People Power: Facebook Revolt Sees Off Dodgy New TOS Clause

Facebook Revolt Sees Off Dodgy New TOS ClauseBrandishing virtual pitchforks, a user revolt against a new Terms of Service (TOS) agreement foisted on Facebook fans has seen the company perform a swift volte-face.

Faced with growing masses of outraged users and tenacious Twitterers – and with the thread of the Electronic Privacy Information Centre (EPIC) coming onboard – Facebook crumbled in the face of complaints that their updated terms equated to nothing more than, “We Can Do Anything We Want With Your Content. Forever.”

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Flickr/Getty Deal: Analysis

Flickr/Getty Deal: AnalysisThe deal between Getty and Flickr, which exclusively gives Getty the right to pick the best images from Flickr and sell them via to their customers in the creative, commercial and editorial industries — they call it the ‘first commercial licensing opportunity for photo-enthusiasts in the Flickr community’ — is, in many ways, inevitable.

Getty have caused a considerable amount of heart ache to professional photographers by re-adjusting their rates and contracts for images in their commercial library.

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Video ID Matches: YouTube’s Anti-Piracy Tools

Video ID Matches: YouTube's Anti-Piracy ToolsAlways keen to stay on top of how content is being used and distributed, a few of us at DL have been playing around with the playlists and ‘channel’ building abilities of YouTube of late.

While compiling and organising collections of strange video that we found, an interesting options popped out at us.

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GPL Legal Action In USA Against Monsoon Multimedia

GPL Legal Action In USA Against Monsoon MultimediaUS company, Monsoon Multimedia is being taken to court for violating the terms of the open source NGU General Public License (GPL) of the BusyBox project.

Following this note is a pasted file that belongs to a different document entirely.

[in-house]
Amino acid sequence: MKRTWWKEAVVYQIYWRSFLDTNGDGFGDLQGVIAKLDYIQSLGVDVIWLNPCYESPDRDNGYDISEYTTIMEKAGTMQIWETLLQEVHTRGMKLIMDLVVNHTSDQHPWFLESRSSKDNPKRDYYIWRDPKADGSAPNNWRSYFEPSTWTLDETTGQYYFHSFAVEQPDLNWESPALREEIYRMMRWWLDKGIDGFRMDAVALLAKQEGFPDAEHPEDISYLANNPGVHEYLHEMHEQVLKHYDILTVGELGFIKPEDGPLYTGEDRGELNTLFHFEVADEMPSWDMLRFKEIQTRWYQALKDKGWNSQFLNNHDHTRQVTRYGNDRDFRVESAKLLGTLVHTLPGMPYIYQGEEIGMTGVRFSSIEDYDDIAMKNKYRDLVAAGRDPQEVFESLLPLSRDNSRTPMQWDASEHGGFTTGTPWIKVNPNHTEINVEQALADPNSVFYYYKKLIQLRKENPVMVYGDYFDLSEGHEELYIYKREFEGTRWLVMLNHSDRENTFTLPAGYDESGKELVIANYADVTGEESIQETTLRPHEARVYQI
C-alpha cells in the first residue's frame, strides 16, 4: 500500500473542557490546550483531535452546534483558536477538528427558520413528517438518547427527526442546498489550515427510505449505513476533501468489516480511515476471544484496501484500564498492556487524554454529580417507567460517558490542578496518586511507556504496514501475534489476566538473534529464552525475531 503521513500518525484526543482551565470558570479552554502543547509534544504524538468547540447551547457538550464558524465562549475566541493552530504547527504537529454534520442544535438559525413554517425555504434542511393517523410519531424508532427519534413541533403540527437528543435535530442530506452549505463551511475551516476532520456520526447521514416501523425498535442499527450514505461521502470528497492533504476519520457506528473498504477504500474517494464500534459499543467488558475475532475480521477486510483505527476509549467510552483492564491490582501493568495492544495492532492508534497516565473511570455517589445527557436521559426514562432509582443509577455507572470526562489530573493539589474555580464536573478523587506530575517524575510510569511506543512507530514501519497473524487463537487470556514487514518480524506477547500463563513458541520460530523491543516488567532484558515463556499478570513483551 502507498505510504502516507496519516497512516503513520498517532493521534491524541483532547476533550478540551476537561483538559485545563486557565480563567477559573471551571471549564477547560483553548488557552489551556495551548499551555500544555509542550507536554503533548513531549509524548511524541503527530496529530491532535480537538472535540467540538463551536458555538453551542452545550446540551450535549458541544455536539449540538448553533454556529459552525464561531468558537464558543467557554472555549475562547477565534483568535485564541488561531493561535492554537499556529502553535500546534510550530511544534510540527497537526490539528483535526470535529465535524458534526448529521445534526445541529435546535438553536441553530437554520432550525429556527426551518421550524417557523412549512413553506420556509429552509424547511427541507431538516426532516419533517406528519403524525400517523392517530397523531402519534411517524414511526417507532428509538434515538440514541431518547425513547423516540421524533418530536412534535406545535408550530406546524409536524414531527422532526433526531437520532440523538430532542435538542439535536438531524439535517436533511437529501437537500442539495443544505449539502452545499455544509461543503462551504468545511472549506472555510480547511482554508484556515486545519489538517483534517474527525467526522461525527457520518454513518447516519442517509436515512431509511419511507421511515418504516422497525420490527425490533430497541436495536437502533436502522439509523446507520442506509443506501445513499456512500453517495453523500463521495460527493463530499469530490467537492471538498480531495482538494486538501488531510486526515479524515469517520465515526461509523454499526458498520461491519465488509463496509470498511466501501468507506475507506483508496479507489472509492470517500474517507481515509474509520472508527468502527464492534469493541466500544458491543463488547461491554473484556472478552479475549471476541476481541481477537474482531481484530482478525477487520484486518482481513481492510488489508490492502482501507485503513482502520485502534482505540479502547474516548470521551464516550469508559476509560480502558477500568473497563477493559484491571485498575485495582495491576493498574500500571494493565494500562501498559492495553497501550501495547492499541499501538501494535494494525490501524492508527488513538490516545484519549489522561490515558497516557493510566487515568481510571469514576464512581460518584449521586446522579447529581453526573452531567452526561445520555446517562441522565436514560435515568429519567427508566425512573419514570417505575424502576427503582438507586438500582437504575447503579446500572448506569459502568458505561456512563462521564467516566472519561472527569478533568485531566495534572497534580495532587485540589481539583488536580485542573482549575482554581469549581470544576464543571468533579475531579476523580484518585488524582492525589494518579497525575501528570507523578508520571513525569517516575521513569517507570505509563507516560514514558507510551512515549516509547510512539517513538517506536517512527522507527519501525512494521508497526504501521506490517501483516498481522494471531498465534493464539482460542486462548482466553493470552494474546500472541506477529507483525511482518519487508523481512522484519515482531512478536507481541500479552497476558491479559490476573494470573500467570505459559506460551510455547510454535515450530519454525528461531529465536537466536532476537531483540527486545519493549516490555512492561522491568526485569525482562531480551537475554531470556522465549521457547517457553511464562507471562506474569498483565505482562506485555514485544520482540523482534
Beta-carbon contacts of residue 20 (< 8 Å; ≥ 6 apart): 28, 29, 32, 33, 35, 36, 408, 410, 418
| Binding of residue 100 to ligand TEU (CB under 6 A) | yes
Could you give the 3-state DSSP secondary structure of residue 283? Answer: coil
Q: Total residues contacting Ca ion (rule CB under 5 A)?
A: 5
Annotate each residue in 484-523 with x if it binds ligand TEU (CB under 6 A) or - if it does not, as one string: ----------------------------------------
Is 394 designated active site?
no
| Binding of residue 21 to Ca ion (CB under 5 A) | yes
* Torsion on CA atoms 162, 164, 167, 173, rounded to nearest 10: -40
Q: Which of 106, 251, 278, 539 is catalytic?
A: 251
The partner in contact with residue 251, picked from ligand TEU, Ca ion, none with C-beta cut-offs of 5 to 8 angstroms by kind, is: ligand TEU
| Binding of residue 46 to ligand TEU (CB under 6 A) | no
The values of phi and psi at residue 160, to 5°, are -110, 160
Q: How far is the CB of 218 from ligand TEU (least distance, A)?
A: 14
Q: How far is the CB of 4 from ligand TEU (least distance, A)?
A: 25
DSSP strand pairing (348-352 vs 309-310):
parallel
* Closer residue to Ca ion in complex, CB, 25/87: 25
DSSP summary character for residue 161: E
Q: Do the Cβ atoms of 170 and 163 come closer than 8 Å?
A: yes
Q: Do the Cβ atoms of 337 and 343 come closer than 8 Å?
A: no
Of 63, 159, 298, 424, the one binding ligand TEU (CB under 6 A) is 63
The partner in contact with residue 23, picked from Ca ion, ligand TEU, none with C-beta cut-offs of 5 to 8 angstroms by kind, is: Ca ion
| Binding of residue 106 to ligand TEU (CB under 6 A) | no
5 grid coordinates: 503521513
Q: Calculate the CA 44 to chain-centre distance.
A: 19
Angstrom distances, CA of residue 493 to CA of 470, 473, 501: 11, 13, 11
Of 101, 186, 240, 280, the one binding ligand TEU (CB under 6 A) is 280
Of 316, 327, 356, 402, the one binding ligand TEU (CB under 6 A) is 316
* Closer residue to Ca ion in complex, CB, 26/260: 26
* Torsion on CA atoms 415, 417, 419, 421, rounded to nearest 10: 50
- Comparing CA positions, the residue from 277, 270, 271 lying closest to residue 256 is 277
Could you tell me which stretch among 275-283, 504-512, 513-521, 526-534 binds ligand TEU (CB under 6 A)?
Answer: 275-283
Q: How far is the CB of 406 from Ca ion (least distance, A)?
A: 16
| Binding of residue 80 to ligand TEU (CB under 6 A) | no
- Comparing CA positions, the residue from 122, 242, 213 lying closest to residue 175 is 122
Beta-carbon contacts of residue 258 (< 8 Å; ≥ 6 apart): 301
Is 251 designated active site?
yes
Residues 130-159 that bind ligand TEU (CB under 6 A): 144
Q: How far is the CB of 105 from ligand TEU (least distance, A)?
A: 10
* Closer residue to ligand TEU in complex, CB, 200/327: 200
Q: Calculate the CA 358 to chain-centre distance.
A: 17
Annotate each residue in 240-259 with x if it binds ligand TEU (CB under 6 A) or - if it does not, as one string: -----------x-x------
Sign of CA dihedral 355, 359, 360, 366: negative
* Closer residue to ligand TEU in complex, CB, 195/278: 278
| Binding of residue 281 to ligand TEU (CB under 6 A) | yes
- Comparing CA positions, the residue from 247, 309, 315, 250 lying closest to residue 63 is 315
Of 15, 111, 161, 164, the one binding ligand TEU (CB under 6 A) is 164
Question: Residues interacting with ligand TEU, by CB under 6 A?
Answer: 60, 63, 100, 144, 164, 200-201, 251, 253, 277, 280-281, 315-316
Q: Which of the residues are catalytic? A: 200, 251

This is the first time this has happened in the US, as previous infringements have been sorted out through correspondence and talking. Having been through this process already and not getting the desired outcome, the SFLC (Software Freedom Law Center) feels there is on option by to pursue it through the US courts.
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Google Car License Plate: Sweden

Google Car License Plate: SwedenNews reaches us from Helsingborg, on the gorgeous west coast of Sweden, that some sneaky chap has registered their car license plate as G O O G L E.

Joakim Jardenberg, the clever fellow who thought up the jolly wheeze, has also blogged the adventure (for those of you who read Swedish!).

He raises some interesting points about brands and by extension, individuals registering trade marks as car registrations, while pointing out that “one of the highest valued brands in the world, Google, is now my number plate.”

Anyone for “adPlate or plateSense,” japes Joakim, who is a development manager at the newspaper, Helsingborgs Dagblad (who have the super cool short domain name

Google Car License Plate: SwedenWhat’s Google reaction?
Rather amusingly, Joakim’s been on to Google Sweden and has had a response from Maria Göth, their PR manager.

Google have made a statement about … not making a statement, which reads

We cannot make a statement before we know exactly what has happened. The persons at “Vägverket” (The authority which is responsible for the roads and car regulations) who handles personal number plates is on vacation but we shall contact them on Monday.

We await further news with bated breath …

Many thanks to Anders Olausson, long time chum on Digital-Lifestyles for the pointer.

Beatles Songs For iTunes?

After years of throwing squadrons of lawyers at each other, the big Apples – Apple Inc and Apple Corps – kissed and made up a few months ago and now it looks like they can’t stop the love.

Beatles Songs For iTunes?Yesterday, record company giants EMI Group PLC announced that it planned to unveil “an exciting new digital offering” with Steve Jobs and the gang at Apple, leading pundits to conclude that The Beatles’ music catalogue is finally about to be made available through Apple’s iTunes online music store.

Spinning the expectation-o-meter right up to eleven, EMI revealed that their chief executive, Eric Nicoli, and Apple head honcho Jobs will be holding a news conference today, which will be supplemented by a “special live performance.”

Beatles Songs For iTunes?The Beatles have famously refused to sign up to iTunes and other online music services for years, and many expect the download charts to be instantly filled up with the Fab Four’s songs as soon as their catalogue becomes available.

Of course, the fact that the story broke on April Fool’s Day has led some to think it might be a bit of a jolly wind-up wheeze, so I guess we’ll have to wait to see if the scheduled 1pm conference happens or not.